Then there is Raheel Sharif who was sidelined to a secondary position of Training and Evaluation in the GHQ. He comes from an army family, younger brother of Major Shabbir Sharif who won two military awards for his performance and martyrdom in the 1971 war.

The other two serious contenders seem to be Lt. Generals Tariq Khan (Coprs Commander Mangla) and lt. General Zaheer-ul-Islam. They say that Tariq Khan may not have a good chance due to his closeness with the US. Reportedly, his territory in Mangla looks like mini-US (these are reports not what I have seen myself). However, there are confirmed reports of him being a great party-thrower and a great DJ as well. However, there are others who insist that whatever the nature of discussion on the issue of the appointment of a service chief it will ultimately be Tariq Khan who will become the army chief. Indeed, he is a restless man who promotes his cause through military men in media. He also has a daughter studying in the US (California to be precise) who writes columns and is the future defense analyst. She will probably land in many American think-tanks (as long as singing a duet with the Pak army remains fashionable).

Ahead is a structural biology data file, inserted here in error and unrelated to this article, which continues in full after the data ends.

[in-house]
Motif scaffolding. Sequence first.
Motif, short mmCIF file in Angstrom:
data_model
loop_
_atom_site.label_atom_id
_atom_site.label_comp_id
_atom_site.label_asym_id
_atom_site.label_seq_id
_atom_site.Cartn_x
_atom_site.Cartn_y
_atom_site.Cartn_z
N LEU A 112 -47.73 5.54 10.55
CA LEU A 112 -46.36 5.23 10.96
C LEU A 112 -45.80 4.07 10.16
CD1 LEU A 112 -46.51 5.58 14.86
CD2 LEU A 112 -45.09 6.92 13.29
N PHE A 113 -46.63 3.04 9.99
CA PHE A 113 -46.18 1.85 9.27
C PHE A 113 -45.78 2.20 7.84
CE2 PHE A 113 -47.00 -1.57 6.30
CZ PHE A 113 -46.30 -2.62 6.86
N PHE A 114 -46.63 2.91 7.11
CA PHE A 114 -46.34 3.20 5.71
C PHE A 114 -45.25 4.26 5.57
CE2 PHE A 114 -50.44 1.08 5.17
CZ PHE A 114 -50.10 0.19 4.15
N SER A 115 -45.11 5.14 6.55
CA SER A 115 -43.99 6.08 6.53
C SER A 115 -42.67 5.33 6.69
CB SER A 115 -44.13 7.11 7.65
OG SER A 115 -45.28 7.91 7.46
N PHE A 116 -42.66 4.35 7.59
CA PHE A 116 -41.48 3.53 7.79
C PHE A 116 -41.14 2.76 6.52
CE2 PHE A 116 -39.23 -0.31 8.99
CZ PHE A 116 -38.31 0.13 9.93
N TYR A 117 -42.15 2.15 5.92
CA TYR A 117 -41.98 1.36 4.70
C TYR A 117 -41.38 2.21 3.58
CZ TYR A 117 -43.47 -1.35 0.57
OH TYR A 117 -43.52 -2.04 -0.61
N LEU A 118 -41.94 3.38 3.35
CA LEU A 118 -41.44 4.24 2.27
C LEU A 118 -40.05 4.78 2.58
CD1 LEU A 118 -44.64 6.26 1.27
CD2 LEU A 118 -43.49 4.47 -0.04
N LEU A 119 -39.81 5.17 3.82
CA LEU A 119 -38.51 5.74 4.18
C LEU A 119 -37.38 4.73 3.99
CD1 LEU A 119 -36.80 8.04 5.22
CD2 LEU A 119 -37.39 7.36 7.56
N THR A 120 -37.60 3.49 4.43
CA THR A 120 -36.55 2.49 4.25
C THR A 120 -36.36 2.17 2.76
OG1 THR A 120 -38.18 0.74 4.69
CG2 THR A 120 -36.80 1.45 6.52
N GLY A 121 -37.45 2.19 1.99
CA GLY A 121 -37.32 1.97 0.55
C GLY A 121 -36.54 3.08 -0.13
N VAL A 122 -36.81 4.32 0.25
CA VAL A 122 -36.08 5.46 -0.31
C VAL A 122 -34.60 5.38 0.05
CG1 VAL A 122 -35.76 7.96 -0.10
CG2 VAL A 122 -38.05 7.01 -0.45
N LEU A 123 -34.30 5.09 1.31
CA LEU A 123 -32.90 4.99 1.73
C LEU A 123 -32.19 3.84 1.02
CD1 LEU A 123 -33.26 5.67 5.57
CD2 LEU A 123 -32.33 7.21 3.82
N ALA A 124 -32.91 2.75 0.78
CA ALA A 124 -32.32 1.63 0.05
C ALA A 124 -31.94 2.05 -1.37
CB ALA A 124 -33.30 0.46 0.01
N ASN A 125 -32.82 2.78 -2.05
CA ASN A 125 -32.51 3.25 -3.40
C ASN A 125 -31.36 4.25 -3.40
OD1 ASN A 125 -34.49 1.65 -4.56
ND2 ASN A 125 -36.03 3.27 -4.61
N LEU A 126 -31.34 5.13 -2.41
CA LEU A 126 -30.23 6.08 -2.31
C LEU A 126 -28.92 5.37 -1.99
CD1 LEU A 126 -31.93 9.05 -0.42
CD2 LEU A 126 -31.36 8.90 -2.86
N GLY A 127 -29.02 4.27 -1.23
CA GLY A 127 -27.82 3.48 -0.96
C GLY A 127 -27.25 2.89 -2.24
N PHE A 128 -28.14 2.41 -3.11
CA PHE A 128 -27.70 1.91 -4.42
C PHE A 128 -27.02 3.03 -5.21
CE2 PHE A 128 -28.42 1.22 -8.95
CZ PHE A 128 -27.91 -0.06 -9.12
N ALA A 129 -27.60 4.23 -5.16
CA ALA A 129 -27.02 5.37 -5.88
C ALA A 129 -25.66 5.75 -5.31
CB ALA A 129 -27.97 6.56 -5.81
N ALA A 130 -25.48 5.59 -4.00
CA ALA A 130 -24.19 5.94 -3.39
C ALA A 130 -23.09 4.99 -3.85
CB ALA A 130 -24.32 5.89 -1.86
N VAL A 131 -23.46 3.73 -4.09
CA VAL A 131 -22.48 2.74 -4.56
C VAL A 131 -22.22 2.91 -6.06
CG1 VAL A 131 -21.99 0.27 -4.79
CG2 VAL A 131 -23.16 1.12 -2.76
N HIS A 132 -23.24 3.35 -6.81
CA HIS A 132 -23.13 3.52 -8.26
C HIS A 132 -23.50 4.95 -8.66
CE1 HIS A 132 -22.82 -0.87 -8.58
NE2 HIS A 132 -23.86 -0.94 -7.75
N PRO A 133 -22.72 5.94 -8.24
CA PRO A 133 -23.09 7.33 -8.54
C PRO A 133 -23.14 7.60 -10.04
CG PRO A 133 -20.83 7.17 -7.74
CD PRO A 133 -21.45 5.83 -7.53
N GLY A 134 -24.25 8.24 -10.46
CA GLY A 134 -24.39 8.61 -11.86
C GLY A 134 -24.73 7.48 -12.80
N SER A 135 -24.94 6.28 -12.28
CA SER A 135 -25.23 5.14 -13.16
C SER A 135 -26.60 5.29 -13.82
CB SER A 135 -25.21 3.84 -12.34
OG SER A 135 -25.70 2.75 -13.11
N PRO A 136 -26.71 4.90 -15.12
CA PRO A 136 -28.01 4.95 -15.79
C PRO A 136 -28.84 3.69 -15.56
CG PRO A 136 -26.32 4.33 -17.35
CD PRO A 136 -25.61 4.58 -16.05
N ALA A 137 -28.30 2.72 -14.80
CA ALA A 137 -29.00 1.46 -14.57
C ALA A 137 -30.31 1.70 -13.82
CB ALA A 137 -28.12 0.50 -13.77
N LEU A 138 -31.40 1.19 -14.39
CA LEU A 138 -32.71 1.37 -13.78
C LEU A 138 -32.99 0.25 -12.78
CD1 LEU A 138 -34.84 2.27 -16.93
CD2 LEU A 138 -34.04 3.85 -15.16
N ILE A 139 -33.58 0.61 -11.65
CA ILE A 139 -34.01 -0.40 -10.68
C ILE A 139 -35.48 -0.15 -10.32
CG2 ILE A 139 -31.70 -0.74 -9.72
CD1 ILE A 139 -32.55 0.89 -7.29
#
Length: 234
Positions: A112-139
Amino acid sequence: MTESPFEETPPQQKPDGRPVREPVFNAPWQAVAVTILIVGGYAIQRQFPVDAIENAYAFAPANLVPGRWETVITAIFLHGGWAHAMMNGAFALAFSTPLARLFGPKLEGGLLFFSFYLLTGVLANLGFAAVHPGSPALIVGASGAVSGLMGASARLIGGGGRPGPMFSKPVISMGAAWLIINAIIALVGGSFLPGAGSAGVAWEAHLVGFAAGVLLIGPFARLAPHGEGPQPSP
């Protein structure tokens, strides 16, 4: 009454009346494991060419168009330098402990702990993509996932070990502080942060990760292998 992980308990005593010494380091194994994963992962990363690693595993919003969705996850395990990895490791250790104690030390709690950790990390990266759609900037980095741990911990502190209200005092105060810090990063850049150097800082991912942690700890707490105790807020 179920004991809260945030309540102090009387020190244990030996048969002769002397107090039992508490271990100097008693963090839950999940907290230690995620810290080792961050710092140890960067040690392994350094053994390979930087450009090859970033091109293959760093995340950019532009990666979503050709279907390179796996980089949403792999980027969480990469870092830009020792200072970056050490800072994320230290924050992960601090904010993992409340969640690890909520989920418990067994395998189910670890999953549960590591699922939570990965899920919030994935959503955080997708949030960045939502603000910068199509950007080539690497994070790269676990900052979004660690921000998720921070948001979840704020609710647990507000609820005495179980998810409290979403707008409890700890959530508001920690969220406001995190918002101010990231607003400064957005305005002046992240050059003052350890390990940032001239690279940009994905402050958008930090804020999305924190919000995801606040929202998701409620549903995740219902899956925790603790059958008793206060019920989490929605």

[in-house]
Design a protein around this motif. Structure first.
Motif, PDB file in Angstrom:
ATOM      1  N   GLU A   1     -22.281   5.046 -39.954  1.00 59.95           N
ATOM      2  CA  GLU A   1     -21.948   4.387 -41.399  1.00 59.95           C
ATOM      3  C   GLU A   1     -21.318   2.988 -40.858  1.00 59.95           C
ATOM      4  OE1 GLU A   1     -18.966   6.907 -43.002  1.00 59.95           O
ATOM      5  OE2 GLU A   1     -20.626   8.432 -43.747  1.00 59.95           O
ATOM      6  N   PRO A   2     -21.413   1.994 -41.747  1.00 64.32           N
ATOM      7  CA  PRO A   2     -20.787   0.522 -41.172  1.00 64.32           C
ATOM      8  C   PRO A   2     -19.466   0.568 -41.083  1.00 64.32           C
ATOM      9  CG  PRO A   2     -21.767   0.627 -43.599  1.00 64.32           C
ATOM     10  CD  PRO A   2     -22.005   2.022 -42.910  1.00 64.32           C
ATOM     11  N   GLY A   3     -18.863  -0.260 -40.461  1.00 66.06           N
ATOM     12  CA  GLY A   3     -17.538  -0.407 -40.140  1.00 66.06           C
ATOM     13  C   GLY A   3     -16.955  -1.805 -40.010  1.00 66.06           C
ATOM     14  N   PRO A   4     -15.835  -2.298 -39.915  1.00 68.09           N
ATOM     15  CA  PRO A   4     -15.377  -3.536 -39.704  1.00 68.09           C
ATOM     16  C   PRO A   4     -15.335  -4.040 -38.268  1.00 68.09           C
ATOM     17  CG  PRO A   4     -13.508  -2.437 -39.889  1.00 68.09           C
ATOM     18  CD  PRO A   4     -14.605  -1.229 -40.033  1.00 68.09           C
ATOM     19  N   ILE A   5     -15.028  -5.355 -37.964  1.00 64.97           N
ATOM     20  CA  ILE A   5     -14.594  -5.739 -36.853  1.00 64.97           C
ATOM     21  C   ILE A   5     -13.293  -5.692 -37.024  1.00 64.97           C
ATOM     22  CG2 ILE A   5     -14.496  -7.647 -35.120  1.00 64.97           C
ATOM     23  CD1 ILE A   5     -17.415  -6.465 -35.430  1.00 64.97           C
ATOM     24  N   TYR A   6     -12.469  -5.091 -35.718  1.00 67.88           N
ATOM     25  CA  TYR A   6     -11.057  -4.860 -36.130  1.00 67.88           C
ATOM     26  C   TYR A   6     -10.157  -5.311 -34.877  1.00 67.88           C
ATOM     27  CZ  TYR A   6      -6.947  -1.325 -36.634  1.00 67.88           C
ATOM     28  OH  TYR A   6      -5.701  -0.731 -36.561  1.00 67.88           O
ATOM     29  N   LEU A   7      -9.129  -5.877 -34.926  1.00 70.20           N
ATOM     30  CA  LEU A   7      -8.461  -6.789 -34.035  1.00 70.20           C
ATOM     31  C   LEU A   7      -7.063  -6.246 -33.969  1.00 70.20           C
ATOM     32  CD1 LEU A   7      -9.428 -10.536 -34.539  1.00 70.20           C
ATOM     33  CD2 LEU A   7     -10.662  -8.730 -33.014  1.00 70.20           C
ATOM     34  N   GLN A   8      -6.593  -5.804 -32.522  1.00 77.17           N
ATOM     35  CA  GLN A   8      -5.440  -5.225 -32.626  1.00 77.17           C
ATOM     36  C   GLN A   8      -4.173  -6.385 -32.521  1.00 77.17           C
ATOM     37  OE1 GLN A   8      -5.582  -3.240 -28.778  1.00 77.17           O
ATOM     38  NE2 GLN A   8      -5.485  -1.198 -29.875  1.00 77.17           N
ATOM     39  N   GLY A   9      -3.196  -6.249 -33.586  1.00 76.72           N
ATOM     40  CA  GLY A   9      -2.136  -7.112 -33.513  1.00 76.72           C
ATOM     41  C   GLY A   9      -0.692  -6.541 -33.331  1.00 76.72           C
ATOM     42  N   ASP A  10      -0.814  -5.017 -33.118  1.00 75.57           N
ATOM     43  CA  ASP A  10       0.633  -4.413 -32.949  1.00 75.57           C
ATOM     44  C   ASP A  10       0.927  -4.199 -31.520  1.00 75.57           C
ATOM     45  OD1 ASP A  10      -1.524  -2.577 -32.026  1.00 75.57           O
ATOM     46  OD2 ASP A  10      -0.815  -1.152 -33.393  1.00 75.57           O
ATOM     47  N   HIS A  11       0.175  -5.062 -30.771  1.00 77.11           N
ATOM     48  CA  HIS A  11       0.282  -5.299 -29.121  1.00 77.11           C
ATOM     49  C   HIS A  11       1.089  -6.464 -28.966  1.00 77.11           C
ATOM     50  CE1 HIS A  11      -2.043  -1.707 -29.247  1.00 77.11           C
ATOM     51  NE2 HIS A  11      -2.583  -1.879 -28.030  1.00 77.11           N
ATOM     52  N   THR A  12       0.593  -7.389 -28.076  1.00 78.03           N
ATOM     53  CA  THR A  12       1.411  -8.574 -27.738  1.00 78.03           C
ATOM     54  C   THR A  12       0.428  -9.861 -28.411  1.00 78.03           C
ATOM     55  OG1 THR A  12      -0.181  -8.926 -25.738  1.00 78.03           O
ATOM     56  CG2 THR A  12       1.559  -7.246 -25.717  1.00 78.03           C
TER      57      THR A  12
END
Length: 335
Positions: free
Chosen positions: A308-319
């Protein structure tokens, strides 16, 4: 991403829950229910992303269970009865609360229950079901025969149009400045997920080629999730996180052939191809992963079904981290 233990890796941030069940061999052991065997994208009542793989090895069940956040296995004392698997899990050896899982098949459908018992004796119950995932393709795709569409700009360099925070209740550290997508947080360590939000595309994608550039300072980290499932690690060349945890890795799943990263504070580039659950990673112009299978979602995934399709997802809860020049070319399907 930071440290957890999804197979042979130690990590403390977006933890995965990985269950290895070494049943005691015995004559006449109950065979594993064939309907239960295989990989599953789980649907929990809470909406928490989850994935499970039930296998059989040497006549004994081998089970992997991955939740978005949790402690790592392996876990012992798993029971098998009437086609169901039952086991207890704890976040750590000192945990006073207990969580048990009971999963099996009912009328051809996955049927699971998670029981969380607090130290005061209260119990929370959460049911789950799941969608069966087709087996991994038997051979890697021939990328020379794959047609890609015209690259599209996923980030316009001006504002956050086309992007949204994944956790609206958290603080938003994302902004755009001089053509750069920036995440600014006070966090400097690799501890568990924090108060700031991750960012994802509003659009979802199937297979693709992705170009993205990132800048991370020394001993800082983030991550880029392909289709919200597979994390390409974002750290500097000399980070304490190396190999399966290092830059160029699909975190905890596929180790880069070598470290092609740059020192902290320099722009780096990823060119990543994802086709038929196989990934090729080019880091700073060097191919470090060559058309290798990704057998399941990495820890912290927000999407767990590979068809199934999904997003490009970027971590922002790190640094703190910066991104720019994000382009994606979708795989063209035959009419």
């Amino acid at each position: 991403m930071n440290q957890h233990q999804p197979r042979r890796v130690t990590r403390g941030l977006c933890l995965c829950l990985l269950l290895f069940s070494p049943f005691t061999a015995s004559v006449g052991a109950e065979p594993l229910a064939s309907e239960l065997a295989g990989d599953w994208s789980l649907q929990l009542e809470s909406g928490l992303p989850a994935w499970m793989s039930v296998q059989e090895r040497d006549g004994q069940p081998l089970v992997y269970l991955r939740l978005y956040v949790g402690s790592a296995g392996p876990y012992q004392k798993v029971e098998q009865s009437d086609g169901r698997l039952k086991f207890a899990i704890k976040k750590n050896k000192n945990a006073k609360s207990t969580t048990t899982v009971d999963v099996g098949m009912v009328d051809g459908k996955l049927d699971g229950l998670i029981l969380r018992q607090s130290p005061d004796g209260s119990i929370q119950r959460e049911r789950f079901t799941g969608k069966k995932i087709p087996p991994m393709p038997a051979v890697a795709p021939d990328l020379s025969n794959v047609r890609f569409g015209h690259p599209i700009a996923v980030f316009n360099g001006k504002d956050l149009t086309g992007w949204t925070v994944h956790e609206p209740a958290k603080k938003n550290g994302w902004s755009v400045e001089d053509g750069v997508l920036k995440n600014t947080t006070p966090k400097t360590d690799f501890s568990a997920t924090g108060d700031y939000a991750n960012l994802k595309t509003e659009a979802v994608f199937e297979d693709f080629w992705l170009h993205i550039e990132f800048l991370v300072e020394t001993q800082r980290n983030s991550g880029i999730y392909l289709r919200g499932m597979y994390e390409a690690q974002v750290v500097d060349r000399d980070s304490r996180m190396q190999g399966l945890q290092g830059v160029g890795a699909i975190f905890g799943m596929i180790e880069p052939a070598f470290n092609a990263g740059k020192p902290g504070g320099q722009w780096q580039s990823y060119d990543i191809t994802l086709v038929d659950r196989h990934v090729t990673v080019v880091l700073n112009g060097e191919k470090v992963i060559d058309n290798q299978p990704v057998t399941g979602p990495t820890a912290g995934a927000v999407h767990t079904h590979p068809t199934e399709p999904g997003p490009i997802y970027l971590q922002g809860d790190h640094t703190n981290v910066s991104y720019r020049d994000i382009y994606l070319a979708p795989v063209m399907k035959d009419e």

Zaheer-ul-Islam is the current ISI chief who is also reputed to be a great Muslim. Reports are that he is mindful of his prayers and is less visibly an American chamcha as Tariq Khan. 

The Prime Minister has clearly two choices: he could either go for a baji type and not risk derailment or go for a more American friendly macho type or an Islamic ummah kind and have greater pressure put on him at some future date. I suppose the pieces of the puzzle will get together once the Kiyani retirement or extension or relocation decision is done. 

Saturday, September 14, 2013

Concocting Identity

A few days ago I was surprised to hear a renowned journalist sit and boast about his Baluch lineage. The boasting stuck out because then it was accompanied with claims of good knowledge of the unfortunate province. The comfort with which he spoke about the archaic nature of the tribal culture, his own experience of being head of a tribe at an early age was enough to impress the numerous foreigners sitting there that night. I am sure many of the ignoramuses amongst the audience must have felt pangs of respect for the gent as they realized how he must have abandoned the traditions to turn into a modern, liberal urbanite. All the excitement must have made them not notice the one critical detail of his father being an army officer (on a separate note the number of army brats that now occupy positions of significance in the private sector, think-tanks, media, NGOs etc., is just amazing).